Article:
The Tet Offensive: A Reporter Looks Back

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Reporter Dan Southerland covering fighting in Vietnam in May 1968.
Reporter Dan Southerland covering fighting in Vietnam in May 1968.
Bill Snead (UPI)

It was 50 years ago, but I still vividly recall the attack on Saigon.

Like many others, I woke up in the South Vietnamese capital on Jan. 30, 1968 thinking that I heard firecrackers exploding to celebrate Tet, the Vietnamese Lunar New Year.

But as I walked near the Saigon River waterfront, I realized that what I heard was automatic weapons fire, not firecrackers. In the predawn hours, Viet Cong and North Vietnamese troops had launched the Tet Offensive throughout South Vietnam.

The Communist and South Vietnamese sides had separately announced that they would respect a two-day cease-fire for the Tet celebration. But the Communists had broken the truce.

I’d had nearly two years’ experience reporting for United Press International (UPI) in Vietnam. But I’d never heard shooting like this before in the South Vietnamese capital.

Saigon had suffered in the past from terrorist incidents, such as grenade attacks. And in June 1965, a Viet Cong fighter had detonated two bombs that destroyed a floating restaurant located only a few blocks from the UPI office. As many as 48 people died.

But suddenly, in the early hours of late January 1968, the Vietnamese city which I’d always considered to be a relatively safe haven had now become a combat zone.

At the UPI office, I found the bureau chief taking calls from field reporters and trying to reach American officials to confirm details of a Viet Cong attack on the U.S Embassy in Saigon.

Not far from the office, the Viet Cong had attacked South Vietnamese Navy headquarters. Two American soldiers whose truck convoy was ambushed near that location had met in the street with a UPI reporter, then carefully made their way with him into the office and thrown themselves on the newsroom floor.

One of them shouted that the reporters and bureau chief who were taking dictation and typing up stories while shooting was going on nearby were “crazy” not to be taking cover.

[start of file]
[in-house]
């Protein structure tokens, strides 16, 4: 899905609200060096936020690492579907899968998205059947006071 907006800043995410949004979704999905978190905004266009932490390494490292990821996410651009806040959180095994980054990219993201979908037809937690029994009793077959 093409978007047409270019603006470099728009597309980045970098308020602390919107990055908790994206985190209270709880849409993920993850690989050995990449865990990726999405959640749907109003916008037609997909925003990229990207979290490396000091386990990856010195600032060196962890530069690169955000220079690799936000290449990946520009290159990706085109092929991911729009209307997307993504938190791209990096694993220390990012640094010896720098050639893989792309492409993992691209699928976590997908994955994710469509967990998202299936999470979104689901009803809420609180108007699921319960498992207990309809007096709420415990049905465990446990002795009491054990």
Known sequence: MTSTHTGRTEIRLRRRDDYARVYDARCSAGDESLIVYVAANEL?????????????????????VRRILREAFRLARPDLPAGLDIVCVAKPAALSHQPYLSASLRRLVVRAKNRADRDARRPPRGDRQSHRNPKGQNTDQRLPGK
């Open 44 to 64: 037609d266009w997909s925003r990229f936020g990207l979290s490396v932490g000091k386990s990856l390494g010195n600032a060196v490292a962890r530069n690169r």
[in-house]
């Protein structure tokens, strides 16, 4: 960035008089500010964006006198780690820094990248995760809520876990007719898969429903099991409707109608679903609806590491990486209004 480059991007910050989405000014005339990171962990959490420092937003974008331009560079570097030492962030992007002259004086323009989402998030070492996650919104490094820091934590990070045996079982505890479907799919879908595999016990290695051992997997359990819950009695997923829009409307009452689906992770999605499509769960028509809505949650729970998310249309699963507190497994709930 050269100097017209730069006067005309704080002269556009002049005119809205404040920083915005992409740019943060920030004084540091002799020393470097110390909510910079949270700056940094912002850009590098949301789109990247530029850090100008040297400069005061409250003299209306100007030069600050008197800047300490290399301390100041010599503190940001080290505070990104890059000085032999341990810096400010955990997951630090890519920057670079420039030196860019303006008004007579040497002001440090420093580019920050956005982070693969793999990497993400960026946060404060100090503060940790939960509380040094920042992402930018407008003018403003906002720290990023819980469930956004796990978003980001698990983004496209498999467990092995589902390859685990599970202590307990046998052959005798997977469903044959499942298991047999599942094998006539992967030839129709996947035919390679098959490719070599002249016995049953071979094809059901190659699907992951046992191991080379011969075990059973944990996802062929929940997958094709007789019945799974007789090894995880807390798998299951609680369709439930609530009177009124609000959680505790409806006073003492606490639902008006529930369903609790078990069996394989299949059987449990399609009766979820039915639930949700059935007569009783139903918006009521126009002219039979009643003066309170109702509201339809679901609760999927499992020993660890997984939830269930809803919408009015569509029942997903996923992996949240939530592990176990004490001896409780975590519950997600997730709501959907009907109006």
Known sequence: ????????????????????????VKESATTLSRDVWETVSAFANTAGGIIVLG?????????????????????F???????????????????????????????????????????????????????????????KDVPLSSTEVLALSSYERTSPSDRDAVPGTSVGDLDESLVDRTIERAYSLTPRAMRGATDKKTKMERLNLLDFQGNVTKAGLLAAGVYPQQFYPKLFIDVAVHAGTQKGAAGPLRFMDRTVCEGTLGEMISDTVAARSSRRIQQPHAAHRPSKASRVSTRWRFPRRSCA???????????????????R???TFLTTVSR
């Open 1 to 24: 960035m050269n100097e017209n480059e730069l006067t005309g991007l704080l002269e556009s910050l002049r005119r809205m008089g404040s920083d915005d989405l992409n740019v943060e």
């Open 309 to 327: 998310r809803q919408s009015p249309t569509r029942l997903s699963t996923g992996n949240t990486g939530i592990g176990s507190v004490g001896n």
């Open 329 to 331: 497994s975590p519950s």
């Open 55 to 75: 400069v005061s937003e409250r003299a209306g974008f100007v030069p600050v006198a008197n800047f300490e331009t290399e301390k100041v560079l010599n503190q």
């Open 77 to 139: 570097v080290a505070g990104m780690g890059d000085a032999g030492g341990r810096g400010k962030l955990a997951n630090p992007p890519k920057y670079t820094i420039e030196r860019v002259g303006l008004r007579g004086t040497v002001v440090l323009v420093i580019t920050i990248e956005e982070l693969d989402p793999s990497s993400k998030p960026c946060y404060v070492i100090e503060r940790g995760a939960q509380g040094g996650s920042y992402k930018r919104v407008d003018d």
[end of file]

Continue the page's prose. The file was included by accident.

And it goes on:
American and South Vietnamese forces defeated the attackers in Saigon within a few days, but elsewhere throughout South Vietnam fighting continued in many locations. It took the Americans and South Vietnamese nearly three weeks to regain control of the old imperial city of Hue.

But in most of the country, the South Vietnamese forces fought better than many of their American advisors had expected, with the Communist side suffering high casualties. Some estimates of the number of Viet Cong and North Vietnamese killed came to 30,000 or many more.

In numerous cases, however, the allies used artillery and air strikes to dislodge the Communists, causing a large number of civilian casualties.

Civilian casualties

About five weeks after the attack on Saigon, I traveled south from Saigon into the Mekong Delta to report on the damage done during Viet Cong attacks on most of the cities in South Vietnam’s major rice-growing region.

Together with other reporters in the city of Ben Tre, I interviewed civilians who had been caught in the middle of gun battles when American infantrymen entered the city to retake it from the Viet Cong under the cover of air strikes and artillery fire.

The Viet Cong outnumbered the South Vietnamese Army’s force in Ben Tre six to one, because roughly half of the South Vietnamese there had left their posts to celebrate the Lunar New Year holiday.

Authorities said that some 1,000 civilians were killed in the city, which was more than American, South Vietnamese, and Viet Cong casualties combined.

I later visited an ethnic Cambodian hamlet in the Mekong Delta that had been largely destroyed by U.S. Army helicopters after the Viet Cong invaded it. The Viet Cong were driven out, but the people had fled and were afraid to return without being guaranteed protection.

The number of refugees in South Vietnam already registered with the government in 1967 numbered 2.1 million. Refugees fleeing battles during the Tet Offensive numbered at least one million.

A Communist defeat

According to military historian James H. Willbanks, the Communists had three goals in mind when they launched their nationwide offensive at the end of January, 1968:

1)    To provoke a “general uprising” among the South Vietnamese people.

2)    To shatter the South Vietnamese armed forces.

3)    To convince the Americans that the war could not be won.

It was clear early on that the Communists had failed to achieve the first two goals.

No uprising occurred in any location that I’m aware of. South Vietnamese citizens didn’t rush out to welcome the Viet Cong.

In numerous battles, the South Vietnamese Army took heavy losses but fought bravely against the Communists and regained territory that had been lost.

Communist casualties were much higher in the end than those suffered by the Americans or South Vietnamese.

After the war, the North Vietnamese leadership admitted that they had “set their goals too high” and made several mistakes in launching the Tet Offensive. They overestimated support for the Communists in the South, while “grossly underestimating the strength and resilience” of the South Vietnamese Army.